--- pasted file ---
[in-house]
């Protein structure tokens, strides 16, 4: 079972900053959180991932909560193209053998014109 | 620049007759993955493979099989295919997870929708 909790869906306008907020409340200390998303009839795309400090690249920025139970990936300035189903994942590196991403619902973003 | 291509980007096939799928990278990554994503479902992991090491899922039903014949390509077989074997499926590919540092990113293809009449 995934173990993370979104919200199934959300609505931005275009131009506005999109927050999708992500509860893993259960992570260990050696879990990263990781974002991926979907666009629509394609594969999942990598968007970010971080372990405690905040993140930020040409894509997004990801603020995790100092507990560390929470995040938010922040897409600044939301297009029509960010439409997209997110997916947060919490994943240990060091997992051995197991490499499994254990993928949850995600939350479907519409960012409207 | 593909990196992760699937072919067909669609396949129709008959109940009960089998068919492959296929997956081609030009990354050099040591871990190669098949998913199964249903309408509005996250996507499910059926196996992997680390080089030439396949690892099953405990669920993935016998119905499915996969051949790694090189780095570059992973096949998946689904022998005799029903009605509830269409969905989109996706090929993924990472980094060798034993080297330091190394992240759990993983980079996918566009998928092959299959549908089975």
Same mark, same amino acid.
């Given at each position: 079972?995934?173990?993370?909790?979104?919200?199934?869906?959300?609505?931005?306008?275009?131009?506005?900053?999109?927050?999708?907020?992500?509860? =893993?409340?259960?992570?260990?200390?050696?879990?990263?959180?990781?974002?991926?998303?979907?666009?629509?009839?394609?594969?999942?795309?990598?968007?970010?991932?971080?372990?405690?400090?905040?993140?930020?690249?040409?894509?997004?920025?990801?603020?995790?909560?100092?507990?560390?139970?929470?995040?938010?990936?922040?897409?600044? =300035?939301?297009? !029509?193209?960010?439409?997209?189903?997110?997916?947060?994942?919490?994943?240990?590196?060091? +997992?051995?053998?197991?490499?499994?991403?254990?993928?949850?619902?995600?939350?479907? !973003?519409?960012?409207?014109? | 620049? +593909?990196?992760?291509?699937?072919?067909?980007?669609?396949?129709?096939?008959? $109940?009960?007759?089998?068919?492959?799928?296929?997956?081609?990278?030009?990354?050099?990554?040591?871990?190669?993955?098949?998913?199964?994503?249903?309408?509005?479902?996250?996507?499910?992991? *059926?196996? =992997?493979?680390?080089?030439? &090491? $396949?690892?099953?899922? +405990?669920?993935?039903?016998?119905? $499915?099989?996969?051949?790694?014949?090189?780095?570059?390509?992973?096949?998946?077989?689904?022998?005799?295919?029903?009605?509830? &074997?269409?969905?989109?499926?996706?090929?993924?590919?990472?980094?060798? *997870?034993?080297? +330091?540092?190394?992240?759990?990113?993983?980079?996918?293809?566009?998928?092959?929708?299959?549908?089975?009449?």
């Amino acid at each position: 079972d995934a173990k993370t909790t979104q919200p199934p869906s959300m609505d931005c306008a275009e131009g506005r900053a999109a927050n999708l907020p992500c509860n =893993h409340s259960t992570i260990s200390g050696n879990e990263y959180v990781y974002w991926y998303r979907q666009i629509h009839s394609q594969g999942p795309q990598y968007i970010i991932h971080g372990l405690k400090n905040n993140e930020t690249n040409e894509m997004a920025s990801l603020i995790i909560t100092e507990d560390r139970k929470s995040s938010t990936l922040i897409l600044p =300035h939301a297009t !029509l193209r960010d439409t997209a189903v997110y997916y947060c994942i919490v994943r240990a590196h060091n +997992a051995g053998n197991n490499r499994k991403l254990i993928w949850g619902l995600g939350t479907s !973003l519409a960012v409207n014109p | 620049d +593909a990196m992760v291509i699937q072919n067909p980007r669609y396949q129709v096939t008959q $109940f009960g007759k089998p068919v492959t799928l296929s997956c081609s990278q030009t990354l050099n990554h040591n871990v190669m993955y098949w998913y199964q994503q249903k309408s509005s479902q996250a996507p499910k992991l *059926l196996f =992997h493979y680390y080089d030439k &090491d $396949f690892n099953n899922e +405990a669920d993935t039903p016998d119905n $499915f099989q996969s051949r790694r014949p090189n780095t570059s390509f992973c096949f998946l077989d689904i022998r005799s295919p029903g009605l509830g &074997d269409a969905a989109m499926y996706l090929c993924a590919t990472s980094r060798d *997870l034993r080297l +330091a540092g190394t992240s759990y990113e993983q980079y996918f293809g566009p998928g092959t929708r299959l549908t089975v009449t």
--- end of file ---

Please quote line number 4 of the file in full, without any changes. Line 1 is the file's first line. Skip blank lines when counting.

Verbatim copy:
């Given at each position: 079972?995934?173990?993370?909790?979104?919200?199934?869906?959300?609505?931005?306008?275009?131009?506005?900053?999109?927050?999708?907020?992500?509860? =893993?409340?259960?992570?260990?200390?050696?879990?990263?959180?990781?974002?991926?998303?979907?666009?629509?009839?394609?594969?999942?795309?990598?968007?970010?991932?971080?372990?405690?400090?905040?993140?930020?690249?040409?894509?997004?920025?990801?603020?995790?909560?100092?507990?560390?139970?929470?995040?938010?990936?922040?897409?600044? =300035?939301?297009? !029509?193209?960010?439409?997209?189903?997110?997916?947060?994942?919490?994943?240990?590196?060091? +997992?051995?053998?197991?490499?499994?991403?254990?993928?949850?619902?995600?939350?479907? !973003?519409?960012?409207?014109? | 620049? +593909?990196?992760?291509?699937?072919?067909?980007?669609?396949?129709?096939?008959? $109940?009960?007759?089998?068919?492959?799928?296929?997956?081609?990278?030009?990354?050099?990554?040591?871990?190669?993955?098949?998913?199964?994503?249903?309408?509005?479902?996250?996507?499910?992991? *059926?196996? =992997?493979?680390?080089?030439? &090491? $396949?690892?099953?899922? +405990?669920?993935?039903?016998?119905? $499915?099989?996969?051949?790694?014949?090189?780095?570059?390509?992973?096949?998946?077989?689904?022998?005799?295919?029903?009605?509830? &074997?269409?969905?989109?499926?996706?090929?993924?590919?990472?980094?060798? *997870?034993?080297? +330091?540092?190394?992240?759990?990113?993983?980079?996918?293809?566009?998928?092959?929708?299959?549908?089975?009449?």